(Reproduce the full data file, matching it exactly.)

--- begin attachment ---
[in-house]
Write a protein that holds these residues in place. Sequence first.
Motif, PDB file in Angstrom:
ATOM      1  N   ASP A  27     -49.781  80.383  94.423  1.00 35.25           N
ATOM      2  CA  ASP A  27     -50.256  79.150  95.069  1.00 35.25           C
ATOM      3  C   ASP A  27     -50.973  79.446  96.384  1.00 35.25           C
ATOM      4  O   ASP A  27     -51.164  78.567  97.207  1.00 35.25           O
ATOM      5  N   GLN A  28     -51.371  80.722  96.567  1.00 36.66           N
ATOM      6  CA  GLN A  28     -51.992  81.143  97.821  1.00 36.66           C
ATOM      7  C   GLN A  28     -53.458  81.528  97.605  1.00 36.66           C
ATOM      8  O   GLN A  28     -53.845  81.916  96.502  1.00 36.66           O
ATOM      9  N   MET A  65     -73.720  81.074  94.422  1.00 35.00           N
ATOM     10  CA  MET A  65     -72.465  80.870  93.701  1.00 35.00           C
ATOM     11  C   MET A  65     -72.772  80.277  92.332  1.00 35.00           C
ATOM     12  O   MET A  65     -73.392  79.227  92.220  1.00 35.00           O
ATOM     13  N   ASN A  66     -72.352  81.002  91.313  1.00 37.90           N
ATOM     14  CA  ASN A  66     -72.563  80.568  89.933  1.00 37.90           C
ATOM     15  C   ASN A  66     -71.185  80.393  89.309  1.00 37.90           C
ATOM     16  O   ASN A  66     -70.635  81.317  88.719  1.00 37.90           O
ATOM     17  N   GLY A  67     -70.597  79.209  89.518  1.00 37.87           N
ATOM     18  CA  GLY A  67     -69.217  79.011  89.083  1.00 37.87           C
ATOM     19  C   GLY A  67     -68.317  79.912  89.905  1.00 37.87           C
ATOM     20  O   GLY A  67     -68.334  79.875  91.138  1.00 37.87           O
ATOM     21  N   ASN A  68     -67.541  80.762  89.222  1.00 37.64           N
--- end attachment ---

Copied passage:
[in-house]
Write a protein that holds these residues in place. Sequence first.
Motif, PDB file in Angstrom:
ATOM      1  N   ASP A  27     -49.781  80.383  94.423  1.00 35.25           N
ATOM      2  CA  ASP A  27     -50.256  79.150  95.069  1.00 35.25           C
ATOM      3  C   ASP A  27     -50.973  79.446  96.384  1.00 35.25           C
ATOM      4  O   ASP A  27     -51.164  78.567  97.207  1.00 35.25           O
ATOM      5  N   GLN A  28     -51.371  80.722  96.567  1.00 36.66           N
ATOM      6  CA  GLN A  28     -51.992  81.143  97.821  1.00 36.66           C
ATOM      7  C   GLN A  28     -53.458  81.528  97.605  1.00 36.66           C
ATOM      8  O   GLN A  28     -53.845  81.916  96.502  1.00 36.66           O
ATOM      9  N   MET A  65     -73.720  81.074  94.422  1.00 35.00           N
ATOM     10  CA  MET A  65     -72.465  80.870  93.701  1.00 35.00           C
ATOM     11  C   MET A  65     -72.772  80.277  92.332  1.00 35.00           C
ATOM     12  O   MET A  65     -73.392  79.227  92.220  1.00 35.00           O
ATOM     13  N   ASN A  66     -72.352  81.002  91.313  1.00 37.90           N
ATOM     14  CA  ASN A  66     -72.563  80.568  89.933  1.00 37.90           C
ATOM     15  C   ASN A  66     -71.185  80.393  89.309  1.00 37.90           C
ATOM     16  O   ASN A  66     -70.635  81.317  88.719  1.00 37.90           O
ATOM     17  N   GLY A  67     -70.597  79.209  89.518  1.00 37.87           N
ATOM     18  CA  GLY A  67     -69.217  79.011  89.083  1.00 37.87           C
ATOM     19  C   GLY A  67     -68.317  79.912  89.905  1.00 37.87           C
ATOM     20  O   GLY A  67     -68.334  79.875  91.138  1.00 37.87           O
ATOM     21  N   ASN A  68     -67.541  80.762  89.222  1.00 37.64           N